How the Asian Market is Changing the Art Landscape

March 10, 20223 min read
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In this second installment of Yieldstreet’s Art Research Deep Dive, industry professionals break down why and how the Asian market is playing a vital role in the global art boom

Key takeaways

  • The Asian art market suprassed Europe as the second largest over the last five years.
  • Auction houses in Hong Kong report a lower unsold rate than the global average.
  • The top five artists last year in Hong Kong were Basquiat, Picasso, Richter, Ghenie, and Lichtenstein.
How the Asian Market is Changing the Art Landscape

Over the past five years, the Asian market has become hugely important in the art world—surpassing Europe as the second largest market after the United States. In a 2021 report, Artprice noted that auction houses in Hong Kong, the epicenter of the Asian art market, have an unsold rate of 10 percent compared to a global average of 30 percent. The art fair market has migrated east, too, with Frieze Seoul now set to launch in September alongside Kiaf SEOUL, South Korea’s leading art fair. 

In Part one of Yieldstreet’s Art Research Deep Dive, industry professionals mapped out changes that led to 2021’s unprecedented sales. The migration of auction houses and galleries to virtual platforms coupled with collectors feeling increasingly comfortable with spending millions of dollars on works of art sight-unseen played a huge role in the global art boom. But where this shift proved particularly beneficial was Asia, where clients were already comfortable navigating virtual spaces. 

“Traditional Western collectors will typically say, ‘Yeah, I like it. I think it’s great, but I haven’t seen it. I can’t go into New York to view this,’” says Yuki Terase, the Hong Kong-based founding partner of art advisory firm Art Intelligence Global. “And while Western collectors were stalling [on whether to buy a work of art], Asian clients just looked at their phone, zoomed-in, and said, ‘I’ll buy it.’ This happened a lot.” What this affected, in turn, was the pace of sales. As more works of art became available online, the speed at which Asian clients made their purchases forced Western buyers to move it or lose it.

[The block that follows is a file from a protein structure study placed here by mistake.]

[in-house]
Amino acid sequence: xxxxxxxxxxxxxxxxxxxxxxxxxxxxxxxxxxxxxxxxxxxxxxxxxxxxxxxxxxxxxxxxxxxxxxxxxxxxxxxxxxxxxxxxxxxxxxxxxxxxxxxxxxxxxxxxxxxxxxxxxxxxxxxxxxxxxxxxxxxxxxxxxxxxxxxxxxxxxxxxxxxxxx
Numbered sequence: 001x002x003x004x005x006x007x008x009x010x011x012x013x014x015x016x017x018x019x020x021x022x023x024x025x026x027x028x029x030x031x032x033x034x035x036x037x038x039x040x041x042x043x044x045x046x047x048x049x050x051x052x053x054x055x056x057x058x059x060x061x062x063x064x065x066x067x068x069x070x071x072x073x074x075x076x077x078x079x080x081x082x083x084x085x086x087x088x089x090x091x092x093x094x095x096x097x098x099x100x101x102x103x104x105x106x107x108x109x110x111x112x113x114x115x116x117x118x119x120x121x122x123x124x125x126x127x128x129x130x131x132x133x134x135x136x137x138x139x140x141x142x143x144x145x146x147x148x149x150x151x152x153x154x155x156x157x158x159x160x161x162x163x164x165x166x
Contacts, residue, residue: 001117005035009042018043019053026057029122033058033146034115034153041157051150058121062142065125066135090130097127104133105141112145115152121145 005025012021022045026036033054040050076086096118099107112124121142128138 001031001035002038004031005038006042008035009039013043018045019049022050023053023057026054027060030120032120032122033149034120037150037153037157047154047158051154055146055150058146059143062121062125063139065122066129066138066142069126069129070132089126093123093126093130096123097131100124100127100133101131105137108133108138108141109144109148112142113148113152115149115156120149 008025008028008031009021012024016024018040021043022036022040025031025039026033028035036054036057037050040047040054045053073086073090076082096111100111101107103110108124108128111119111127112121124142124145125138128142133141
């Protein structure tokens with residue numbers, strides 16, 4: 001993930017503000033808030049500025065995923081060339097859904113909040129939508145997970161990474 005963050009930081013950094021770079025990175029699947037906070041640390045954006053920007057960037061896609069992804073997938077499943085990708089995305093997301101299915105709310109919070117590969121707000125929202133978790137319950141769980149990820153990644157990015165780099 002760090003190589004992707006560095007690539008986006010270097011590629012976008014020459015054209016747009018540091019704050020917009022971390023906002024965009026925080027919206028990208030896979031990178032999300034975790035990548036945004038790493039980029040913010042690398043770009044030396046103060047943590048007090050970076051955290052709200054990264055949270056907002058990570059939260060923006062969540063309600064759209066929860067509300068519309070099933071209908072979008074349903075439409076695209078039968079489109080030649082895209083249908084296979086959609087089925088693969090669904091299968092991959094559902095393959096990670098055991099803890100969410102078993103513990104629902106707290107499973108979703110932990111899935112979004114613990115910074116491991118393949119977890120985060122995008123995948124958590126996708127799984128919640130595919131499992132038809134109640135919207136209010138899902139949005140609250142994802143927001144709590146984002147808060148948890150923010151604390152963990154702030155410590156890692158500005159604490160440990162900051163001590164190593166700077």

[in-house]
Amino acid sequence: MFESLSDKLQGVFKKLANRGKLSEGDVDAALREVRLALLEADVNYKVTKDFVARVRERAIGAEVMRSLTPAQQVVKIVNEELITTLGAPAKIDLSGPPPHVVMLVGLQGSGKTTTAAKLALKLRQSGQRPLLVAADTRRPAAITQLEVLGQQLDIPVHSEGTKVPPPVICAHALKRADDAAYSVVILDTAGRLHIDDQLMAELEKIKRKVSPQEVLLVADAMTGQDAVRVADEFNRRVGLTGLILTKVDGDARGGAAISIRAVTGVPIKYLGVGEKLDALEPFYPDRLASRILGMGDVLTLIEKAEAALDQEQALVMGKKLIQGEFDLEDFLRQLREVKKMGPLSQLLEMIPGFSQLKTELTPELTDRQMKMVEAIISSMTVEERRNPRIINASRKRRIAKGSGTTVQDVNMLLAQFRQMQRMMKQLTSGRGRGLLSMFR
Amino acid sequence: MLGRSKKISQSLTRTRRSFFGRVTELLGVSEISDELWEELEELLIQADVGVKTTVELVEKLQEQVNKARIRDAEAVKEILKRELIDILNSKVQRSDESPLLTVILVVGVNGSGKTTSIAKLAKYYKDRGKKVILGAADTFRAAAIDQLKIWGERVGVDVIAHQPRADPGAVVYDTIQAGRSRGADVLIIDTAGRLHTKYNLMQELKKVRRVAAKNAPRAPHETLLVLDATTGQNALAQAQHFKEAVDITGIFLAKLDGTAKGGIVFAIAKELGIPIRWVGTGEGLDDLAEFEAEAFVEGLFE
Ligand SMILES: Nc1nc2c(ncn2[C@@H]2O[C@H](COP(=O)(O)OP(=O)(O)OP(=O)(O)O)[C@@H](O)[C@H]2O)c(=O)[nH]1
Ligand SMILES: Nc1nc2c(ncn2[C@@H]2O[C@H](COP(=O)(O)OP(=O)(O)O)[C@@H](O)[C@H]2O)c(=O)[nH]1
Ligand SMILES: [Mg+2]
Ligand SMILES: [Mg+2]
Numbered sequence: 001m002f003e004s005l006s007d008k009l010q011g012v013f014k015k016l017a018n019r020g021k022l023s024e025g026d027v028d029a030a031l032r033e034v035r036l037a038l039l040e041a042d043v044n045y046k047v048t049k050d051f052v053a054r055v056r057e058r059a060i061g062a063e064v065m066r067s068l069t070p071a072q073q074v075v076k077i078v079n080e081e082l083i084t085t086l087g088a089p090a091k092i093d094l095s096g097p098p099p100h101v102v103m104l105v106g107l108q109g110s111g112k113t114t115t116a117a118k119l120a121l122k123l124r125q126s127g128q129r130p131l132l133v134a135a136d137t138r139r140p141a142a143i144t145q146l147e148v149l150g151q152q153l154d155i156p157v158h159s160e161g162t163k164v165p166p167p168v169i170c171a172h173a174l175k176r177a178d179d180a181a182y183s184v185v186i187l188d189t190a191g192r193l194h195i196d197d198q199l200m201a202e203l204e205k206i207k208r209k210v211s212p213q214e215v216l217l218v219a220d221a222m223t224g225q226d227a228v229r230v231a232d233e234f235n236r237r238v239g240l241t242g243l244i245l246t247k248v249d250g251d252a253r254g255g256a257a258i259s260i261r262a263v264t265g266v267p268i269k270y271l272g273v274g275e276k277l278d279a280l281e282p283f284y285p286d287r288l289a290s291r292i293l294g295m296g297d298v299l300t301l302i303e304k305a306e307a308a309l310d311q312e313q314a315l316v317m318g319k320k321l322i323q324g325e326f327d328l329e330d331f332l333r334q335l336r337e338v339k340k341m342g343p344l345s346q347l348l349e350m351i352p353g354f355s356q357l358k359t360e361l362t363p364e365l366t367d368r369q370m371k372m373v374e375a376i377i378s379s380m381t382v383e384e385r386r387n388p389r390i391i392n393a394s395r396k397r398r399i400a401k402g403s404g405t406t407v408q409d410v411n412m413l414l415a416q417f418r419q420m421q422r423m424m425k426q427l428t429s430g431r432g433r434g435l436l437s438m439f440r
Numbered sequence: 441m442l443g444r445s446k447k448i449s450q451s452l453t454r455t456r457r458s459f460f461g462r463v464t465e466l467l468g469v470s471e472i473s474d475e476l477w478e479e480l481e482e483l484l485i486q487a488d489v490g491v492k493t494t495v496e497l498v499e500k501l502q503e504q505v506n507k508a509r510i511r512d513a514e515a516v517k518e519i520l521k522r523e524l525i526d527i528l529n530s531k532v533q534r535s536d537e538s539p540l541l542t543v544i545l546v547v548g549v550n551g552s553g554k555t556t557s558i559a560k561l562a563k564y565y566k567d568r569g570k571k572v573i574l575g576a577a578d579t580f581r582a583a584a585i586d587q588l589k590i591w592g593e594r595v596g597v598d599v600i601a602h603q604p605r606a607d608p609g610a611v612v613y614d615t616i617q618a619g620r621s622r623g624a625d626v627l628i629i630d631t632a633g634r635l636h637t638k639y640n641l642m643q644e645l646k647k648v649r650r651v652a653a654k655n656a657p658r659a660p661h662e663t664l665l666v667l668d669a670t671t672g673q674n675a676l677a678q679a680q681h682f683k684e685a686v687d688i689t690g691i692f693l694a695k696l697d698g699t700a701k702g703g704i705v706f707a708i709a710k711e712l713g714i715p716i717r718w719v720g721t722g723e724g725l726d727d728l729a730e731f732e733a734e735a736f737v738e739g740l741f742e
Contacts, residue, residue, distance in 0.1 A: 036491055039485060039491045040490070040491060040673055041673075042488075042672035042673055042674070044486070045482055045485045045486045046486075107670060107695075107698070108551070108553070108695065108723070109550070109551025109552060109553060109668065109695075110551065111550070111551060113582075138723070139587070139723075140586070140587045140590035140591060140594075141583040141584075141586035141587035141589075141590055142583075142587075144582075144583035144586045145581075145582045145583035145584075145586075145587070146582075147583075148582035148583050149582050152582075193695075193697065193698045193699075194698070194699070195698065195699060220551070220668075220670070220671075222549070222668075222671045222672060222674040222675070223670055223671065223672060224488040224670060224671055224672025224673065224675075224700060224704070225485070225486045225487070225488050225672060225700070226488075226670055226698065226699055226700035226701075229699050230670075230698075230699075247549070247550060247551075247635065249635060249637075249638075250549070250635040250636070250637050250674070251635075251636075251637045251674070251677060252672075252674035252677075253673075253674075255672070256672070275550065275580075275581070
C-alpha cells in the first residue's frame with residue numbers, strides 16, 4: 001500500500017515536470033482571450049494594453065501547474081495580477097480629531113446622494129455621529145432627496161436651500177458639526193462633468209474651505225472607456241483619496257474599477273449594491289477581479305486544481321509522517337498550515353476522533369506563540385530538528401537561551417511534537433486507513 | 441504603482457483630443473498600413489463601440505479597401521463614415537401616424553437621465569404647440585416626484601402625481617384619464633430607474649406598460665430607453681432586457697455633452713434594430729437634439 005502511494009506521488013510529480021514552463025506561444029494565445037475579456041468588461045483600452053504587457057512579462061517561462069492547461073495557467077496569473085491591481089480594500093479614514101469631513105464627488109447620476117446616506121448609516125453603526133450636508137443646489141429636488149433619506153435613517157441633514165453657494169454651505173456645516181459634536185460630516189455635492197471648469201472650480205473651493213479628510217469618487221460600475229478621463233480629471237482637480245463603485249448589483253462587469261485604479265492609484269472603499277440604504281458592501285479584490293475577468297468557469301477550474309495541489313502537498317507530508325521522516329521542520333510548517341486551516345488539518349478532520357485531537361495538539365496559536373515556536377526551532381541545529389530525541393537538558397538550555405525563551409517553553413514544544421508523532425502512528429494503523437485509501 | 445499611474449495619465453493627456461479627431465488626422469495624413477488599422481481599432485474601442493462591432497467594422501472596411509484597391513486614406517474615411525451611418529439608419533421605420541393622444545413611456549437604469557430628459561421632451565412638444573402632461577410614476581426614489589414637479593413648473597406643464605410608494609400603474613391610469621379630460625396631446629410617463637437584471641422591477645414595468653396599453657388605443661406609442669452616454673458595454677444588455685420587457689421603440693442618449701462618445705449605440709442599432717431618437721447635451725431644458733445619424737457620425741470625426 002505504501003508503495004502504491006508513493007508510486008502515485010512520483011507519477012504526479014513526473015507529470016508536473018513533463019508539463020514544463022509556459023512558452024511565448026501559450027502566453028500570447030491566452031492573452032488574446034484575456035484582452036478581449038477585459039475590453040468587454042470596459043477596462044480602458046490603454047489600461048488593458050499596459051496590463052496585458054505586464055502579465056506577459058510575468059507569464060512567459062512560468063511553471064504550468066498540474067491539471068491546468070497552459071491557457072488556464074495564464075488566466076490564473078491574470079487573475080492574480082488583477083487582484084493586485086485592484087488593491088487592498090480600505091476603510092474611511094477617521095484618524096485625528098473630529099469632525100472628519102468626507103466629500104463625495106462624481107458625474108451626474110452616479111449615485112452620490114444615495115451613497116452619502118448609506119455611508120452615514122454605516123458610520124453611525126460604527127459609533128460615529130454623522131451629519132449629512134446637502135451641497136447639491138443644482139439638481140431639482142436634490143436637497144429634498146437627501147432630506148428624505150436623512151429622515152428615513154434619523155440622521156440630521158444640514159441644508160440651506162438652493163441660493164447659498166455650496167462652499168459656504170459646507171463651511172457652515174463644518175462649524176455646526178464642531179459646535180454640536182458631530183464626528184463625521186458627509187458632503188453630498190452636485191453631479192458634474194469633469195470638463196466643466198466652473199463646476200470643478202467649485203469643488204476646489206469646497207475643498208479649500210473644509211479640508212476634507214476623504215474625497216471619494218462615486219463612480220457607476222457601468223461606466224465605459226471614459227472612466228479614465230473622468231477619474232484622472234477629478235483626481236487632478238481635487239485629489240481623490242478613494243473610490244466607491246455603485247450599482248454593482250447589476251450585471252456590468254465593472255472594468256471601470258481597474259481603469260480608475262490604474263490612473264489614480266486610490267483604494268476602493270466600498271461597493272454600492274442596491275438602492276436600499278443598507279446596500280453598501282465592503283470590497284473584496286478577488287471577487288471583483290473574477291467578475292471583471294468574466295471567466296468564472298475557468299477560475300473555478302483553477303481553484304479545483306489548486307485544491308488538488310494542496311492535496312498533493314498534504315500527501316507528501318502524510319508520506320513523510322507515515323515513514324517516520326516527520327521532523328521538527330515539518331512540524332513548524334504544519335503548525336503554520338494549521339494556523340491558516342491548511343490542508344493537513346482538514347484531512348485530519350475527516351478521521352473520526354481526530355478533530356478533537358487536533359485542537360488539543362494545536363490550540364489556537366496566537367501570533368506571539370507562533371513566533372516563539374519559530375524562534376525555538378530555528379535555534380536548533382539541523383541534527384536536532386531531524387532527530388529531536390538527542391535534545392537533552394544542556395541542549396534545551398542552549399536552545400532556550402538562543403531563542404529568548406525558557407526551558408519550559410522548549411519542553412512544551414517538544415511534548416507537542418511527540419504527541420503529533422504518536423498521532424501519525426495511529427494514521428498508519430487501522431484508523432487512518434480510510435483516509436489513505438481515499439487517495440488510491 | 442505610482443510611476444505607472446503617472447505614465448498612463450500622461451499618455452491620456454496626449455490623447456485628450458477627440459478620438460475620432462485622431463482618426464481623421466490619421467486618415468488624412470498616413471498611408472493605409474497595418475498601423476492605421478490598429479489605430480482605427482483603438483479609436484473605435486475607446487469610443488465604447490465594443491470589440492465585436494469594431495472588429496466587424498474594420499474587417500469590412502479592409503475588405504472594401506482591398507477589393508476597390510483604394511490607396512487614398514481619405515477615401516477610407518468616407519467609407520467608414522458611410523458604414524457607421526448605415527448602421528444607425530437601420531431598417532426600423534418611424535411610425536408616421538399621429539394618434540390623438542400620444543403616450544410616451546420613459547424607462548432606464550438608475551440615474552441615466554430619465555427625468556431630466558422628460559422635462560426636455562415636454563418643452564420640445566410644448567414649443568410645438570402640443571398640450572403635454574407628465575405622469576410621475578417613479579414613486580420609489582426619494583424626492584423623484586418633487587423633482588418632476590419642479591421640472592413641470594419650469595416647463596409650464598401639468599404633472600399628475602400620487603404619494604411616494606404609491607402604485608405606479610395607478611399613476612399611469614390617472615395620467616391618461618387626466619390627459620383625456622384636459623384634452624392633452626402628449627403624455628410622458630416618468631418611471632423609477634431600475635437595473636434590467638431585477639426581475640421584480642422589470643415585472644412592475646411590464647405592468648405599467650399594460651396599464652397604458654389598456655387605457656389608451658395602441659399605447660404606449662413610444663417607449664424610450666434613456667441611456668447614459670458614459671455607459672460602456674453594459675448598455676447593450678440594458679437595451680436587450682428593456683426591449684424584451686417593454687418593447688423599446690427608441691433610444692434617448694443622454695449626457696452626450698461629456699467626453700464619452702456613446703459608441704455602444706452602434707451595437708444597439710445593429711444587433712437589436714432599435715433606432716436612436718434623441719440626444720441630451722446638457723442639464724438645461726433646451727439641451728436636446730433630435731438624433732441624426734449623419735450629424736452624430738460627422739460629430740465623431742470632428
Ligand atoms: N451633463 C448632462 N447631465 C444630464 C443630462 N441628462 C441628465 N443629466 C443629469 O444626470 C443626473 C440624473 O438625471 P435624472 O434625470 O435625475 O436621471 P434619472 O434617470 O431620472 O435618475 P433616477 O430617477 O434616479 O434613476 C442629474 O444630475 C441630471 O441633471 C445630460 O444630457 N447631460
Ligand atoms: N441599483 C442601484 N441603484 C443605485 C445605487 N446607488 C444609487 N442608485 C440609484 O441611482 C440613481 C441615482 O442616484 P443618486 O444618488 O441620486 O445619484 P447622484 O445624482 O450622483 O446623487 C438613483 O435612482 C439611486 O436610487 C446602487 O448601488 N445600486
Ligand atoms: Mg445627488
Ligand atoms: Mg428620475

‘Demand for young contemporary artists’

But it’s the depth and breadth of what the Asian market is consuming that is proving particularly fascinating for the art community. “What’s interesting here is that there are two strands to this boom in Asia. The top five artists last year in Hong Kong were Basquiat, Picasso, Richter, Ghenie, and Lichtenstein. They’re very blue-chip artists that are well known in the west,” says Lindsay Dewer, the Head of Analytics of ArtTactic in London. “And then there is a demand for young contemporary artists.”

Some of it is speculative and financially driven, she says. “However there’s a lot of desire to discover new talent, so we’re seeing quite a lot of young artists in their late twenties or early thirties selling for numerous times their estimate.”

With Asian buyers accounting for 36 percent of spending across auction channels at Phillips de Pury globally, CEO Stephen Brooks said in a statement that amplifying Phillips’s presence in Asia would be a “critical component of our growth strategy.” This coming year will find the auction house establishing a new Asia headquarters in Hong Kong’s West Kowloon Cultural District. “We’re seeing this global shift happen,” says Patrizia Koenig, the 20th Century & Contemporary Art Specialist for Phillips. “The fact that the demand is across the board—emerging contemporary artists and on a masterwork level—is really telling.” 

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